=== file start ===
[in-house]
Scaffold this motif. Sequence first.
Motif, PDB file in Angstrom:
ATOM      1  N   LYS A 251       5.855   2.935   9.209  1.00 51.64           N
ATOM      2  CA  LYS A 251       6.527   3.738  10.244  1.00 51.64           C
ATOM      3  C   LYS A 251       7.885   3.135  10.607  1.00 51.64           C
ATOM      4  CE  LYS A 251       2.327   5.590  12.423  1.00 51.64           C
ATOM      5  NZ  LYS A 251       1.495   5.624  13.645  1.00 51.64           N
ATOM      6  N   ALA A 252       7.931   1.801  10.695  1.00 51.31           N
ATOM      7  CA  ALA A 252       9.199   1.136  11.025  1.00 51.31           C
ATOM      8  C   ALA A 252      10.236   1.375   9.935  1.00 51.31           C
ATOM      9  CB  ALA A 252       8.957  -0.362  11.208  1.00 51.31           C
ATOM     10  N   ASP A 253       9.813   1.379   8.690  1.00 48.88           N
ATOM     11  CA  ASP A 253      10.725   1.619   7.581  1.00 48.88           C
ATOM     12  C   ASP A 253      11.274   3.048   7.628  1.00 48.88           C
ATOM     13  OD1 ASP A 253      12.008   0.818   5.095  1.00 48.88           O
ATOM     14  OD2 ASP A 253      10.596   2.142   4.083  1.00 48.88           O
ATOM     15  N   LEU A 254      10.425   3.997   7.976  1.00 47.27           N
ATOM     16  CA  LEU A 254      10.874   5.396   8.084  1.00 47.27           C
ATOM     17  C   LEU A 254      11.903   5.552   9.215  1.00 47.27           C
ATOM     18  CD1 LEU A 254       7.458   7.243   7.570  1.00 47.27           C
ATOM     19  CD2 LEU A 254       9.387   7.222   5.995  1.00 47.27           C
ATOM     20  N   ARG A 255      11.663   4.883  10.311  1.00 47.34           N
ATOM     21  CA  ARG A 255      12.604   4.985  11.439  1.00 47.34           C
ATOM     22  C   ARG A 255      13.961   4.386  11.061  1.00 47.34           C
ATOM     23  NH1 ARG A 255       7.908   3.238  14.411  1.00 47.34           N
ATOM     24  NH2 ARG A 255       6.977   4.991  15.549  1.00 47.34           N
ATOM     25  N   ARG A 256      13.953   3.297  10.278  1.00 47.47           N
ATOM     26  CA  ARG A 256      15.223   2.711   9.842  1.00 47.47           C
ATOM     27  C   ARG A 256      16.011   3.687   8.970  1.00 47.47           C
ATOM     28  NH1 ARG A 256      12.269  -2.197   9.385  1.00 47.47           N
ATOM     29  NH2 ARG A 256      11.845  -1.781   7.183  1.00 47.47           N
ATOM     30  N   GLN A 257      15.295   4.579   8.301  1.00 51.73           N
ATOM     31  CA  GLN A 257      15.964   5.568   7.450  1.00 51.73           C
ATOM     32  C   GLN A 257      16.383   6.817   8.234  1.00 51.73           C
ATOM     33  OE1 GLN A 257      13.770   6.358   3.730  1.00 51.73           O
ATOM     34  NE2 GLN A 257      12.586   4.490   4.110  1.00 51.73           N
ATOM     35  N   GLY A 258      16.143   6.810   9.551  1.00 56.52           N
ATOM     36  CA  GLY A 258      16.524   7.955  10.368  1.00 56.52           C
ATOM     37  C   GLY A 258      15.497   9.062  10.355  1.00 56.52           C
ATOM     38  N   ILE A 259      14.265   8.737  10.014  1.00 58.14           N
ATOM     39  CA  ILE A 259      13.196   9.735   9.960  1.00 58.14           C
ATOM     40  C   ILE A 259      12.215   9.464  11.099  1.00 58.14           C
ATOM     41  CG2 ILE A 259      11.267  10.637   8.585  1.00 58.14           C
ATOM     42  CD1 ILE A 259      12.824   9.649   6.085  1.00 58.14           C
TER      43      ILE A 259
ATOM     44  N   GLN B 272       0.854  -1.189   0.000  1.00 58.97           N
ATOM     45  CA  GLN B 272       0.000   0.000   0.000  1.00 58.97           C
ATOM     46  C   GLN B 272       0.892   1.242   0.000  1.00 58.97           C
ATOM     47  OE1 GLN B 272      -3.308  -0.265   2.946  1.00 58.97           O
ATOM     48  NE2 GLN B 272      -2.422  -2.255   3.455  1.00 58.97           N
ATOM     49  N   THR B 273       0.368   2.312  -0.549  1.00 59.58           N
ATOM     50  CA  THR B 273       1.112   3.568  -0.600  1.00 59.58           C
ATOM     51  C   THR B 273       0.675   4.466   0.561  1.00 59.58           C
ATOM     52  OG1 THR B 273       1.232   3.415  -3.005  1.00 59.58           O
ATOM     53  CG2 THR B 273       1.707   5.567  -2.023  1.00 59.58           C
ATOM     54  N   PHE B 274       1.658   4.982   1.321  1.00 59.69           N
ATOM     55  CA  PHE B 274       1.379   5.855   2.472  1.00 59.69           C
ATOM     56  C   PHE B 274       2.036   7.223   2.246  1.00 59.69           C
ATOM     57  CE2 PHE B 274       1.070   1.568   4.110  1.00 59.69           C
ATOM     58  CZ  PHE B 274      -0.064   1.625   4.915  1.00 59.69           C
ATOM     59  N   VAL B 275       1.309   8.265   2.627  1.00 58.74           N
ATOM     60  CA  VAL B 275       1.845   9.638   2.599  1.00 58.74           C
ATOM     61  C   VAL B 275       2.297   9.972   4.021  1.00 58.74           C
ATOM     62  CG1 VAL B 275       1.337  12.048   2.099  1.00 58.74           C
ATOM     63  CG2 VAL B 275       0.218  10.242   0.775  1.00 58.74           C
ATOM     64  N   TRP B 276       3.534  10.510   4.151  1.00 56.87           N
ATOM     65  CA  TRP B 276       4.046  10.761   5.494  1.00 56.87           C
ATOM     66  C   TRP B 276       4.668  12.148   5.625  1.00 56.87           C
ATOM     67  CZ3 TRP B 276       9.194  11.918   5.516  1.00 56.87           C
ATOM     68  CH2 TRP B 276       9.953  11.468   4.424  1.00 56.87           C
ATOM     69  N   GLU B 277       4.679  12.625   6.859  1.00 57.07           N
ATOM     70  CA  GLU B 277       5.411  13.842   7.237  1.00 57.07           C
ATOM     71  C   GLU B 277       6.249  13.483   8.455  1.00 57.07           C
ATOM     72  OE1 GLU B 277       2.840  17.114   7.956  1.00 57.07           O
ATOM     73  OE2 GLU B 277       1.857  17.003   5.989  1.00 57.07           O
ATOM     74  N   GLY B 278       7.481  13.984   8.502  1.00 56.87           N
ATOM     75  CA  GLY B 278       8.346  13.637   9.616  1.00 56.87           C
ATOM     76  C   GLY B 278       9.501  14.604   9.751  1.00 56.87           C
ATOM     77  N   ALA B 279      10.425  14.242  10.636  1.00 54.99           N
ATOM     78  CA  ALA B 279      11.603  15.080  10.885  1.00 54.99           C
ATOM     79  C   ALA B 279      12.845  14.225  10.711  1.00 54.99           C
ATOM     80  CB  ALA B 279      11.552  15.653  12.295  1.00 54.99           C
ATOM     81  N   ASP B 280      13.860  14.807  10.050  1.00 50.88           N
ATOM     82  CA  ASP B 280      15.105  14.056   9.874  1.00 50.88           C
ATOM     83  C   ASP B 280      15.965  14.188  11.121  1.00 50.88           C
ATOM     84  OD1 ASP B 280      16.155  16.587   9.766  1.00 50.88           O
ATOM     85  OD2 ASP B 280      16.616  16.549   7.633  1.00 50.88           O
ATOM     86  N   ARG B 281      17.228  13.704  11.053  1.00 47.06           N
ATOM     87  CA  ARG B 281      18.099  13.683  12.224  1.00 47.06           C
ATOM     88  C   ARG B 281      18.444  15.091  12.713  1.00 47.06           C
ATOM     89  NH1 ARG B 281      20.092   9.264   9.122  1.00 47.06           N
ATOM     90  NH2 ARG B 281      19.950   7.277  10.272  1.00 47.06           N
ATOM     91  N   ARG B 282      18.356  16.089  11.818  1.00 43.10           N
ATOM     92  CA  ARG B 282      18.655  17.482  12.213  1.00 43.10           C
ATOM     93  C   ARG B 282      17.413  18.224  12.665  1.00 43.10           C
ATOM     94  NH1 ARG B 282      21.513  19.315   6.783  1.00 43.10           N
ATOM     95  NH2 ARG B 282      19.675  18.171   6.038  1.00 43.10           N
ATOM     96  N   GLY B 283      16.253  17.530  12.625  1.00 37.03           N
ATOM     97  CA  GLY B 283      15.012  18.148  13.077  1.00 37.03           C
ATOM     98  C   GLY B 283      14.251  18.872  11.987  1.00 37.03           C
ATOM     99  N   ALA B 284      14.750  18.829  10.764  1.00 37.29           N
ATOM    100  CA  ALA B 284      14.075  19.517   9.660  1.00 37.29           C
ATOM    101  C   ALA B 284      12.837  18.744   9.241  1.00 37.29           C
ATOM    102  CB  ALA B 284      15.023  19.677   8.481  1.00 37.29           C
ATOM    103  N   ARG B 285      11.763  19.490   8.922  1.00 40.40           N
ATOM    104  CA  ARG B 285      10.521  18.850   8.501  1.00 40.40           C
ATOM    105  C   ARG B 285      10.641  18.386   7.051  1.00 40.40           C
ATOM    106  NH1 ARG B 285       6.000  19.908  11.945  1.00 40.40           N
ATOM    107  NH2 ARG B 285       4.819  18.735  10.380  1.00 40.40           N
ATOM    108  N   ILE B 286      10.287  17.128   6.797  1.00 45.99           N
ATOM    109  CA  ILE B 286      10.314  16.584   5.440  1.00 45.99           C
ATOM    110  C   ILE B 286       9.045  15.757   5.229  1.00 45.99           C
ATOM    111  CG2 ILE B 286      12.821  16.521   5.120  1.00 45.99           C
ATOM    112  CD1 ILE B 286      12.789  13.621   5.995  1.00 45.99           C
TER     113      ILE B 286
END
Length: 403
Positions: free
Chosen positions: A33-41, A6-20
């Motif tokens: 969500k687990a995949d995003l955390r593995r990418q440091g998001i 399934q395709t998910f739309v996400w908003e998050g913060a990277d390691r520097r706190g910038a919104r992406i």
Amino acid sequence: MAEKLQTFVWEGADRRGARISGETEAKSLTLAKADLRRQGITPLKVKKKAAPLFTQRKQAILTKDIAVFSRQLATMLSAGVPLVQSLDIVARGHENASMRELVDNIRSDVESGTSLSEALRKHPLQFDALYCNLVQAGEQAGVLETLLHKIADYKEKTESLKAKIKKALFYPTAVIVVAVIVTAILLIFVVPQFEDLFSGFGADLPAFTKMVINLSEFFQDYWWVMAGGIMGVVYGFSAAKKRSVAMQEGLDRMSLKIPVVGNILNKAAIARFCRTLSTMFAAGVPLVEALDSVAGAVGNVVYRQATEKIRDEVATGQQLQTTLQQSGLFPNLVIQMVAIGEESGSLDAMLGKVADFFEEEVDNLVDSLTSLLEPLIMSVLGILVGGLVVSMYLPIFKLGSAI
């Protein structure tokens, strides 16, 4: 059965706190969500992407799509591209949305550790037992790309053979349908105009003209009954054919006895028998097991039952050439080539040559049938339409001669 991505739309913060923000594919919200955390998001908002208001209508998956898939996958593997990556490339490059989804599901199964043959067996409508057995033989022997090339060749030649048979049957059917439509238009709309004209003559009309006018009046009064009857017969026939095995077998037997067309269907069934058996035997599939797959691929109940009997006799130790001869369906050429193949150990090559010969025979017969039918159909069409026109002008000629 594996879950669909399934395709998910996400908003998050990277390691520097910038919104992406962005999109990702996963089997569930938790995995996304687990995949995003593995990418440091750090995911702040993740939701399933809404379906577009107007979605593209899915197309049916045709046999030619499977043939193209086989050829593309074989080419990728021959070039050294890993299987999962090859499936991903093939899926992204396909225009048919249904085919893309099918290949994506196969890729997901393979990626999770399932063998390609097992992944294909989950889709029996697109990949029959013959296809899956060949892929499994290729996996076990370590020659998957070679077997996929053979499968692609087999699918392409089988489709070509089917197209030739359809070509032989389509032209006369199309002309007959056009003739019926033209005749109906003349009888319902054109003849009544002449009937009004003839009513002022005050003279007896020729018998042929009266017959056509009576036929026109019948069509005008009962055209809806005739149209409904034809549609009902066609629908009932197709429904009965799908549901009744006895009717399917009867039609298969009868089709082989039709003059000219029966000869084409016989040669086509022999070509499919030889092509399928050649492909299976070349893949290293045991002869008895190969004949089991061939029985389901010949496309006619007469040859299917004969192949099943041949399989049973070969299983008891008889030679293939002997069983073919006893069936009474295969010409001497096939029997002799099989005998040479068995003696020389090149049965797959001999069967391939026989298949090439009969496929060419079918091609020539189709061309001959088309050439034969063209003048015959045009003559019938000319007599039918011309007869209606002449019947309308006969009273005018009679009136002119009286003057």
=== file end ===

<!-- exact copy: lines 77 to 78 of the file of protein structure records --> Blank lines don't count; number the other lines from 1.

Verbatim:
ATOM     74  N   GLY B 278       7.481  13.984   8.502  1.00 56.87           N
ATOM     75  CA  GLY B 278       8.346  13.637   9.616  1.00 56.87           C